Thursday, April 03, 2008

Damn! Another Hero Bites the Dust!

Alan Dershowitz has said, adapting an old saying, "Don't have heroes, they always disappoint." I've been thinking about this today.

Slavomir Rawicz, with the British journalist Ronald Downing, wrote what has long been one of my favorite books. I was assigned it in an English class I took at Pleasant Hill High School round about 1962. I've read it several times and owned several copies since then.

It tells how Rawicz, a Polish cavalry officer was captured by the Soviets in 1939 (yes, Poland had a cavalry in 1939 -- no wonder they lost) and, after being tortured at Lubyanka, sent to the Gulag. With the help of the commandant's wife, he escapes with six comrades and over a period of eleven months treks from norther Siberia to -- India! That's about 4,000 miles. They pick up one more person, a Polish girl named Kristina, along the way. Three die en route, including Kristina, but Rawicz with four others, makes to freedom. He eventually settles in England.

It is the story of a great walk to freedom, as inspiring a story of the human need for liberty as you could ever hope to read.

But there were always three things in the story that bothered a lot of people. He crosses the Gobi Desert without water. He crosses the Himalayas in the winter. Both of these seem to be physically impossible. He also sees two Yeti in the Himalayas. This as you know is an animal that is still unknown to science. Most seriously, perhaps, none of the other four other survivors has ever surfaced.

The last time I re-read the book, I went online to see if there was anything about the veracity of the book. I found a post on a message board by a daughter of his (he eventually had five children) that I found reassuring.

Now I see from this article, published in connection with a BBC show attacking Rawicz after his death in 2004, that the story may have been a hoax of some sort. The hard evidence: a document in his own hand saying that he was released from the Gulag in October 1942 as part of a general amnesty for Polish prisoners, and that he rejoined the Polish forces in Russia. Not only does the name on the document match his, but the birth date does as well. Although the book also has him rejoining the Polish forces in Russia, it has him escaping from the Gulag in April 1941, reaching India in March of 1942, and rejoining the Polish forces in Russia in July. The military document has him in the Gulag during that entire period.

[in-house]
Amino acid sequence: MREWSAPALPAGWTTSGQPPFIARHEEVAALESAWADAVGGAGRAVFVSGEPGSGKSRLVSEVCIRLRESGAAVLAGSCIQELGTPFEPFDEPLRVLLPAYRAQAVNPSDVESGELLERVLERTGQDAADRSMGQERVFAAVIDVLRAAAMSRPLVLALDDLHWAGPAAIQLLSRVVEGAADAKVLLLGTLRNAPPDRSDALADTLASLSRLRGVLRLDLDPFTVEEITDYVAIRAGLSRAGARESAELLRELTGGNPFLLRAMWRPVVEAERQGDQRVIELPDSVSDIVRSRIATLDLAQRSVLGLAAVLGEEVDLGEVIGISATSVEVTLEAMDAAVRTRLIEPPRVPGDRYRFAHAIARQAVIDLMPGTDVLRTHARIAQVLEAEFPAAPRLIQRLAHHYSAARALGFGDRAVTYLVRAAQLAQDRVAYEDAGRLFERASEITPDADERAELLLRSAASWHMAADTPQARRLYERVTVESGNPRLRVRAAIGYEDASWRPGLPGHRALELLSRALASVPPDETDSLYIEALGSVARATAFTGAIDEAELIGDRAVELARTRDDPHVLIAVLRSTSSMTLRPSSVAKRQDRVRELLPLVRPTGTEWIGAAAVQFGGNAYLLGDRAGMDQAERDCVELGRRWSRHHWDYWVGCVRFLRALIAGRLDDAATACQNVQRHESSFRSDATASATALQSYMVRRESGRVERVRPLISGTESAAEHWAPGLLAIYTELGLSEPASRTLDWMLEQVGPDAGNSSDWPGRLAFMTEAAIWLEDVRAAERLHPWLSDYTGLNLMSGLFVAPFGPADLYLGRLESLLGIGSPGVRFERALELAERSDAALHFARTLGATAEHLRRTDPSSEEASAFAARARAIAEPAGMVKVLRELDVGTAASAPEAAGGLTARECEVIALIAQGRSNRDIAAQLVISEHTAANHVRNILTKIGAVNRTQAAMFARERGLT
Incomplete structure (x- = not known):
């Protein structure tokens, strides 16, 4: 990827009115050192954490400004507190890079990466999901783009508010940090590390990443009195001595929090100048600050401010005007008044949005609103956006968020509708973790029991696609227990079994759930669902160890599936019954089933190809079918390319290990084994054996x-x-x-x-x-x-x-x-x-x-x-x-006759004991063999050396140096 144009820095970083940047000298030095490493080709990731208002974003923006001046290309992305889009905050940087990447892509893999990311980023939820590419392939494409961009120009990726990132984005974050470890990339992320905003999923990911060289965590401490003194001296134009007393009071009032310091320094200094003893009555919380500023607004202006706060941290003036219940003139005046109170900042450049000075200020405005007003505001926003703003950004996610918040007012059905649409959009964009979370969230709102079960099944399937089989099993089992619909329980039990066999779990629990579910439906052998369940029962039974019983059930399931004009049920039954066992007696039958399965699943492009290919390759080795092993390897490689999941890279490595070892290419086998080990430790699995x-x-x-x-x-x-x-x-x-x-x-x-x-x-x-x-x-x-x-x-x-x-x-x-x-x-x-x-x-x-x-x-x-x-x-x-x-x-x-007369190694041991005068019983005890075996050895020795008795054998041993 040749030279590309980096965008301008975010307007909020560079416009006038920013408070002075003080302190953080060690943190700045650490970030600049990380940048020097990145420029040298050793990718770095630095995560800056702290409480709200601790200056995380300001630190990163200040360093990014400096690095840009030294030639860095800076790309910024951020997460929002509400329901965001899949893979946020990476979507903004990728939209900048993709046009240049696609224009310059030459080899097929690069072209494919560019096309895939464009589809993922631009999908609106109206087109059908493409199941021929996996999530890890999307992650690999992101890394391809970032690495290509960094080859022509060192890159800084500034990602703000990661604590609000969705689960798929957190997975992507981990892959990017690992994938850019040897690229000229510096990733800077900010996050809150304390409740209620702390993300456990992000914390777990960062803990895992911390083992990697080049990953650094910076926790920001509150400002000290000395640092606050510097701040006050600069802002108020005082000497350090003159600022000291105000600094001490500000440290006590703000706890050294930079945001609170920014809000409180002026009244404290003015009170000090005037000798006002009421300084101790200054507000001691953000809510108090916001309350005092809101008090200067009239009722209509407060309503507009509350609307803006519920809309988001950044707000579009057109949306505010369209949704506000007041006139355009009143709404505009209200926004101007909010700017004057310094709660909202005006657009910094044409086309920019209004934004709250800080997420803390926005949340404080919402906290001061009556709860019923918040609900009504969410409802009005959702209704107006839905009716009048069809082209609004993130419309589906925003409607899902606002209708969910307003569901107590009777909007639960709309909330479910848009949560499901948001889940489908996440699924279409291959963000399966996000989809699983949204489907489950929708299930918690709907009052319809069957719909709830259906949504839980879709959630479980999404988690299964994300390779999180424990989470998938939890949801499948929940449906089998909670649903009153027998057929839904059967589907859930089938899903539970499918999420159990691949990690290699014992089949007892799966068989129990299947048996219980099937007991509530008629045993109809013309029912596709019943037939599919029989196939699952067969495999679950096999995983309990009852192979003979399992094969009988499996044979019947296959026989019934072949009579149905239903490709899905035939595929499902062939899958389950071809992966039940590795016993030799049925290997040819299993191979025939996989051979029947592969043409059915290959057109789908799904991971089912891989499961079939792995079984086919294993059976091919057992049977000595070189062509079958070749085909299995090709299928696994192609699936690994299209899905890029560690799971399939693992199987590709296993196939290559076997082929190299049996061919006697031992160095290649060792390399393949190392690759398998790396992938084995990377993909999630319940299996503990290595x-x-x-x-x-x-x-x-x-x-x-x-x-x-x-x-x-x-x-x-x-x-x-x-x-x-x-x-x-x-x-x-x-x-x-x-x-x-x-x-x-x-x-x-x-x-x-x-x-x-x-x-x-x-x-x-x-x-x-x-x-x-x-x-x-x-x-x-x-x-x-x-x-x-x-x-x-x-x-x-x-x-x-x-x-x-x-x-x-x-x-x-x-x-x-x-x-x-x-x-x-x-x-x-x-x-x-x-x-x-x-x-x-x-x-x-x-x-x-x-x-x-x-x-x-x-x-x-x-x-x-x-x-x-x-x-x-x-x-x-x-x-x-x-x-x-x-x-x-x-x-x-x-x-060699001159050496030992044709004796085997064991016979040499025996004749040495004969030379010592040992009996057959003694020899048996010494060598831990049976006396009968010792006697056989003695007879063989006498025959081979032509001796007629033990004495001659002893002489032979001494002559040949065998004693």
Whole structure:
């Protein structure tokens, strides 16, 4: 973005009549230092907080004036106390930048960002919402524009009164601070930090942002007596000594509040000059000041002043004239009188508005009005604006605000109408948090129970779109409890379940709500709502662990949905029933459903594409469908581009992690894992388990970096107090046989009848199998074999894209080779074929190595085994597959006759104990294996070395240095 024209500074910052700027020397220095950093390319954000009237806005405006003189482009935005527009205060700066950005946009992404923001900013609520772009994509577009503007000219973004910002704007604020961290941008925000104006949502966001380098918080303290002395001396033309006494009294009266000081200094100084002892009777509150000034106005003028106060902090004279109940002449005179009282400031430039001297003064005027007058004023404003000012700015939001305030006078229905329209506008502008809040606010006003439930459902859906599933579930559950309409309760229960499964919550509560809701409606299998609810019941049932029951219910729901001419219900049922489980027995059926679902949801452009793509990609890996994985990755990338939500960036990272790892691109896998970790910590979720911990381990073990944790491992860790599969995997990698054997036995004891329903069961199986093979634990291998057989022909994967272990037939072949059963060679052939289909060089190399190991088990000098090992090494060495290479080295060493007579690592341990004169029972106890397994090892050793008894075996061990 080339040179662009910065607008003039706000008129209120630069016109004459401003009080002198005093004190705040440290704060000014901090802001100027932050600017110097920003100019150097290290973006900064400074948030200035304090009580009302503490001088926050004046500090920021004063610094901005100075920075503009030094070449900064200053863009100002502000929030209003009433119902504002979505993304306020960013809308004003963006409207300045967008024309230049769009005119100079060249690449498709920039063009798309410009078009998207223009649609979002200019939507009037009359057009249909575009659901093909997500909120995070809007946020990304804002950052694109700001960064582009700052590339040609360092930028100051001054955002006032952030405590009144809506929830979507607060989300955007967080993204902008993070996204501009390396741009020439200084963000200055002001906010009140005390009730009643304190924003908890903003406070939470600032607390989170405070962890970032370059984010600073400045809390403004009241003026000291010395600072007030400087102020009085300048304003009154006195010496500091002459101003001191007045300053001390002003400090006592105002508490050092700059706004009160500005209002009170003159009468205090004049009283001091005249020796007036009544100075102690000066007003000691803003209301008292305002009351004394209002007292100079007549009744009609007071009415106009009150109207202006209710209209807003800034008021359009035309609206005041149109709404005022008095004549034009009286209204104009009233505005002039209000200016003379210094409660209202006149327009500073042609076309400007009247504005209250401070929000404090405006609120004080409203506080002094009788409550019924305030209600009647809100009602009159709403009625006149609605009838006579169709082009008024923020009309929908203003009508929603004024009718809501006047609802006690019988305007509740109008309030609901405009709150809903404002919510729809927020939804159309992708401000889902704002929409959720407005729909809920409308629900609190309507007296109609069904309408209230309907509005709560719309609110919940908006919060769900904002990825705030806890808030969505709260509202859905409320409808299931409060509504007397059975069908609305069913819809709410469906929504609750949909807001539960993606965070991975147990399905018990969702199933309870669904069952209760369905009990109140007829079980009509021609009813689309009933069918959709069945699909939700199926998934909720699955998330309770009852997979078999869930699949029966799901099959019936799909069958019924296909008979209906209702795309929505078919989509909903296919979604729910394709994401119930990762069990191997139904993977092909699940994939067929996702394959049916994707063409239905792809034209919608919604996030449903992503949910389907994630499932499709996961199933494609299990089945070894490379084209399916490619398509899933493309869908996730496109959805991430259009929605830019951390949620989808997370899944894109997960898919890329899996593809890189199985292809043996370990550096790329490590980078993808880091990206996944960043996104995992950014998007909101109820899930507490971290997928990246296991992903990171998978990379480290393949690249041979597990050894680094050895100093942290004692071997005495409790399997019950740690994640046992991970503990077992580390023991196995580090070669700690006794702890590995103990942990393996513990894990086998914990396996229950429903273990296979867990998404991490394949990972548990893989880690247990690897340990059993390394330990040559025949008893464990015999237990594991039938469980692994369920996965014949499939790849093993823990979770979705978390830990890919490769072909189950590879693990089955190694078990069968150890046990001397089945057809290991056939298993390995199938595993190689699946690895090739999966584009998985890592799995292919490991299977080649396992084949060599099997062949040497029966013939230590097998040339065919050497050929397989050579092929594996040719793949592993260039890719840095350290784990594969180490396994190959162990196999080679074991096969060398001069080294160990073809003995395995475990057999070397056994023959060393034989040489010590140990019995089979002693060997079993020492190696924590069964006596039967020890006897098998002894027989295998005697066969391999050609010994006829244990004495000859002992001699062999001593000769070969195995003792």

I find myself wondering whether the military document could be the lie. If that document were written in Russia -- the BBC article doesn't say where it originated -- then he probably could not have said "and by the way, I foolishly escaped from your prison system before this amnesty was offered - maybe you people should arrest me and torture me some more." Better to claim to have gotten out legitimately.

But I know all along that I am resisting the conclusion that the book is somehow a hoax because I don't want to believe it. And of course there are other problems about the book. And now, on this message board there are rumors of an earlier manuscript, written by a person who really did make a similar trip, which Rawicz used to concoct his story.

Still, I can't agree with Alan, that we should not have heroes. We need them. We need people who will be examples of the the good, of the ideal. The reason for this is partly logical. Ideals are -- abstract. Why do you think that religious texts are so often written as stories? Love thy neighbor? What the Hell does that mean? It's concrete narrative details that move people. The Bo Tree. Samson and the Philistines. Golgotha. We need examples in order to know what the good is. Another part of the reason is psychological: we need to know that the good is possible, or why bother to seek it?